2003 Down with Love Peyton Reed N/A
2003 Alex & Emma Rob Reiner Eighth collaboration with Rob Reiner
2003 The Cat in the Hat Bo Welch songs only
2003 Marci X Richard Benjamin songs only
2004 Team America: World Police Trey Parker Second collaboration with Trey Parker; song only, score was rejected and replaced by Harry Gregson-Williams
2005 Rumor Has It... Rob Reiner Ninth collaboration with Rob Reiner
2007 Hairspray Adam Shankman Second collaboration with Adam Shankman
2007 The Bucket List Rob Reiner Tenth collaboration with Rob Reiner
2007 Bee Movie Simon J. Smith and Steve Hickner song in end credits only
2010 Flipped Rob Reiner Eleventh collaboration with Rob Reiner
2012 The Magic of Belle Isle Rob Reiner Twelfth collaboration with Rob Reiner
2012 Parental Guidance Andy Fickman N/A
2014 And So It Goes Rob Reiner Thirteenth collaboration with Rob Reiner
2016 LBJ Rob Reiner Fourteenth collaboration with Rob Reiner
2017 The Star Timothy Reckart Nominated with Mariah Carey for a Golden Globe for Best Original Song ("The Star")
2018 Mary Poppins Returns Rob Marshall Nominated for an Academy Award for Best Original Score
Nominated for an Academy Award for Best Original Song ("The Place Where Lost Things Go")
Nominated for a BAFTA Award for Best Original Music
Nominated for a Golden Globe for Best Original Score


= Emmy nominee

†# = Emmy winner

* = Golden Globe nominee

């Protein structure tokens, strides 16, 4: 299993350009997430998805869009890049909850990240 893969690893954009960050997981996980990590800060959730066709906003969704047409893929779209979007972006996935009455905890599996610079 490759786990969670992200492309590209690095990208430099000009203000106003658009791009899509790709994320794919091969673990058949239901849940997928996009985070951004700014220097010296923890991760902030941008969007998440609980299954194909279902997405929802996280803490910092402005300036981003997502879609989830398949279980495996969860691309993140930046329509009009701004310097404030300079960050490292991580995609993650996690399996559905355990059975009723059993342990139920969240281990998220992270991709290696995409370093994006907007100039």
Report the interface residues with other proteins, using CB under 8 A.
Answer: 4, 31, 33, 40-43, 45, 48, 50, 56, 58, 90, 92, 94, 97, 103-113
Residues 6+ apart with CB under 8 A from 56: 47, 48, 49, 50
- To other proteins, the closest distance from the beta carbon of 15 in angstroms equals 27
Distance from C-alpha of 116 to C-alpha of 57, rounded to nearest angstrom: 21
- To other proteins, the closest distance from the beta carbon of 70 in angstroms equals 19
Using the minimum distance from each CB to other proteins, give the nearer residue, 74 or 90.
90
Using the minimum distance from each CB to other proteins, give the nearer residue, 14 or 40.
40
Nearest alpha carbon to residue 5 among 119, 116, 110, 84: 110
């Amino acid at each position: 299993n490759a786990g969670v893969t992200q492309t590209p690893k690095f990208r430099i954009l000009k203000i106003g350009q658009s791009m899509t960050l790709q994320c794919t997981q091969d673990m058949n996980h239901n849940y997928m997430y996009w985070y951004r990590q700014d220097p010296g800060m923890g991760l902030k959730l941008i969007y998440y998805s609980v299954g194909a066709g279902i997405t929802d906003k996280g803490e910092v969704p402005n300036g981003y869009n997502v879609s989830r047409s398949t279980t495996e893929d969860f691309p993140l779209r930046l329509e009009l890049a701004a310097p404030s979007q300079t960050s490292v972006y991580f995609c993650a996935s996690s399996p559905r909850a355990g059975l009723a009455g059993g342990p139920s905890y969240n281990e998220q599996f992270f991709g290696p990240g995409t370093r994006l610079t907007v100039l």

= Emmy nominee


Concert/cabaret work


  1. ^ Bloom, Nate (February 2, 2012). "Jewish stars: Whales, ghosts and 'Smash'". Cleveland Jewish News. Archived from the original on May 6, 2018.
  2. ^ Marc Shaiman Biography (1959-) Archived 2007-09-29 at the Wayback Machine
  3. ^ Fowler, Linda. "N.J. native Marc Shaiman drops in on Paper Mill's production of his Broadway hit 'Hairspray'" Archived 2015-10-03 at the Wayback Machine,, December 23, 2010. Accessed October 1, 2015. "Joking with fans during this fall production, Shaiman refers to his Scotch Plains hometown as exit 135.... Reluctant but supportive, his parents let him drop out of Scotch Plains-Fanwood High School at 16 — he later earned a GED — to work in Manhattan’s fringe theaters."
  4. ^ Itzkoff, Dave. "For This Songwriter, the Political Is Musical" The New York Times, December 6, 2008
  5. ^ "Hairspray Composer Marc Shaiman Ties The Knot" Archived 2016-03-29 at the Wayback Machine Playbill, March 26, 2016
  6. ^ "ASCAP Henry Mancini Award". ASCAP. Archived from the original on October 27, 2011. Retrieved January 28, 2012.
  7. ^ a b "Smash - NBC Official Site: Bios". NBC TV. Archived from the original on February 3, 2012. Retrieved January 28, 2012.
  8. ^ McPhee, Ryan (February 10, 2021). "Amber Ruffin to Co-Write Broadway-Aimed Some Like It Hot Musical". Playbill. Retrieved 2021-08-11.
  9. ^ "Sacramento theater director who donated to Prop. 8 faced storm of criticism". Los Angeles Times. 12 November 2008. Archived from the original on 20 August 2017. Retrieved 6 May 2018.
  10. ^ McKinley, Jesse (12 November 2008). "Scott Eckern of California Musical Theater Resigns Amid Gay-Rights Ire Over Proposition 8 in California". The New York Times. Archived from the original on 6 January 2018. Retrieved 6 May 2018.
  11. ^ Itzkoff, Dave. "Marc Shaiman on 'Prop 8 — The Musical'", Archived 2009-12-06 at Wikiwix The New York Times, December 4, 2008
  12. ^ "Star-studded Web video protests Prop 8 – Spoof musical's blockbuster cast includes Jack Black as Jesus", Associated Press,, December 4, 2008
  13. ^ Musto, Michael (July 23, 2002). "NY Mirror". The Village Voice. Retrieved September 25, 2021.

External links

Original content from Wikipedia, shared with licence Creative Commons By-Sa - Marc Shaiman